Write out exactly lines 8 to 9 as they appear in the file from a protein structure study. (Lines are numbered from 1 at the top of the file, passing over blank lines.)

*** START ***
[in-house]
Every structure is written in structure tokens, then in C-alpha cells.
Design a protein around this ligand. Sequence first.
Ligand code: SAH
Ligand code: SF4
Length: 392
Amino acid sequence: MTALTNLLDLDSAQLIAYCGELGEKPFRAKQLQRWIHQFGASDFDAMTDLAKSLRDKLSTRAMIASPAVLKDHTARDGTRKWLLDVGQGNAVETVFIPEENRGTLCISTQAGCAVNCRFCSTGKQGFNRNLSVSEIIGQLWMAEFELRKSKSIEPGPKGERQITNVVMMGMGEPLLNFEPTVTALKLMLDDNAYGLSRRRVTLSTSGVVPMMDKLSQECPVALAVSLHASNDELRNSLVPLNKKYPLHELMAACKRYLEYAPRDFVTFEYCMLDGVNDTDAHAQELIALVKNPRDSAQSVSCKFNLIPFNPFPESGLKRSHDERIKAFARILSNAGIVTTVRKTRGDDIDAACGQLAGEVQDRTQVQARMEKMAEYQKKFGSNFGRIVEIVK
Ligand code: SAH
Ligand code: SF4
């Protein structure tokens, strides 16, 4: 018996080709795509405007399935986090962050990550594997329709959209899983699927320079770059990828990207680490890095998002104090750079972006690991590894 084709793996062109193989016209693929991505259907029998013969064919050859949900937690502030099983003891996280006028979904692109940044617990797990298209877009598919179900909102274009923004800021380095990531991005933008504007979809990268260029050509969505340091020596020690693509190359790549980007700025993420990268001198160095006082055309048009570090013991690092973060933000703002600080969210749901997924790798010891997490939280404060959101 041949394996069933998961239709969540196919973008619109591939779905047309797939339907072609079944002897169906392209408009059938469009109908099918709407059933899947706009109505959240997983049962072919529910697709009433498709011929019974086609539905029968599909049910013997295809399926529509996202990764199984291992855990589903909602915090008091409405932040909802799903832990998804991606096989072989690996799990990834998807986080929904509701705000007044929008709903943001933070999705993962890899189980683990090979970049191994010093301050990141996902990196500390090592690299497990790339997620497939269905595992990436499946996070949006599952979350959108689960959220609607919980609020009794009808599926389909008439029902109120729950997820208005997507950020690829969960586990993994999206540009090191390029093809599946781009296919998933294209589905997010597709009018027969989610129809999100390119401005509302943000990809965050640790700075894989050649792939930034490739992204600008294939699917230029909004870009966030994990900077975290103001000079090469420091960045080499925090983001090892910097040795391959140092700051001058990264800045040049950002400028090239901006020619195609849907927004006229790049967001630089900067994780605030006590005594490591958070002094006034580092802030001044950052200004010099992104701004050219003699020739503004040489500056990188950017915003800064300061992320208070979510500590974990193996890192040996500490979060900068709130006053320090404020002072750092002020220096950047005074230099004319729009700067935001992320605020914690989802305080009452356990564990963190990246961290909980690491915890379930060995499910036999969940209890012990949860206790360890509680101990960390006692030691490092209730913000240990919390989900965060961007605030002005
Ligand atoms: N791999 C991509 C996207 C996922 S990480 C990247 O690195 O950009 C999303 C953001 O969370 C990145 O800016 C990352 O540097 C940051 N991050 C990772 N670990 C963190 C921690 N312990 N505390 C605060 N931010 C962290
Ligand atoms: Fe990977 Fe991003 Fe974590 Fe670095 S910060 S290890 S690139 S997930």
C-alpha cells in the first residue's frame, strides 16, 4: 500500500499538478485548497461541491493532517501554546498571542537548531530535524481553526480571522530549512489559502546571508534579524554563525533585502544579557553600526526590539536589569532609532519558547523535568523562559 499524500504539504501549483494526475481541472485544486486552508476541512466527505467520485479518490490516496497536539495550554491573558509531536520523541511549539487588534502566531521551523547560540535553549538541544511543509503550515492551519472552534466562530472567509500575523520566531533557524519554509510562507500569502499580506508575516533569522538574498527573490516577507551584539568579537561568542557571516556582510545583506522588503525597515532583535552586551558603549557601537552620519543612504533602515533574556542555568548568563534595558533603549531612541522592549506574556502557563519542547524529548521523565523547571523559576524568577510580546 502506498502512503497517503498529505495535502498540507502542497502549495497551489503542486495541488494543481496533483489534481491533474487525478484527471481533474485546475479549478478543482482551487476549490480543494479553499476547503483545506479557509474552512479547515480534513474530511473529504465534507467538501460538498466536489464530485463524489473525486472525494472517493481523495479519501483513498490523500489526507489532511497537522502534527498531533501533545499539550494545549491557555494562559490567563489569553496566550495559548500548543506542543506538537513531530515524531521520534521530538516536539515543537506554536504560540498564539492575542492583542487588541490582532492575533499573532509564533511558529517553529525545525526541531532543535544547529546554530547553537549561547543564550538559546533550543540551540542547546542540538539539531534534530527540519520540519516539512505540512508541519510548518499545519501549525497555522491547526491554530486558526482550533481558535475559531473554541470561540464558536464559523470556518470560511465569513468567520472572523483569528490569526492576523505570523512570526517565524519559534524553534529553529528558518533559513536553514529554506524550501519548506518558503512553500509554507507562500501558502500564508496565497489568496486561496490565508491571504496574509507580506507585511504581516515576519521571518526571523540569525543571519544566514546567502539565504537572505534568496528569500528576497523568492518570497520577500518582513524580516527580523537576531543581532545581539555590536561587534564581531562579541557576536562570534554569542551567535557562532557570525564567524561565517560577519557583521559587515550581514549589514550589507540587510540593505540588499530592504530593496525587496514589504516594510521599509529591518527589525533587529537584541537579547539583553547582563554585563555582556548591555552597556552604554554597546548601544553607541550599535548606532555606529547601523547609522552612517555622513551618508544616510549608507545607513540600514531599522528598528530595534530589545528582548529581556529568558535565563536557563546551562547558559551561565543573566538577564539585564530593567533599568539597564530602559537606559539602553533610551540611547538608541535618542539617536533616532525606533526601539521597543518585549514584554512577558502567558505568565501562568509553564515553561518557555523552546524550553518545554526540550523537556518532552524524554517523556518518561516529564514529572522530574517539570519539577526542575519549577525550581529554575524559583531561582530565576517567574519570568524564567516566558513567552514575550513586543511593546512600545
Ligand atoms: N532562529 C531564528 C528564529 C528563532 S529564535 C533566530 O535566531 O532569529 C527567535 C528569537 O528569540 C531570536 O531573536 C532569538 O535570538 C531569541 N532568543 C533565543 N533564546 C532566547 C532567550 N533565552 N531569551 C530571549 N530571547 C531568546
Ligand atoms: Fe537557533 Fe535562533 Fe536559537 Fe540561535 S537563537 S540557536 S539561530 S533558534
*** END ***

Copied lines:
Ligand code: SAH
Ligand code: SF4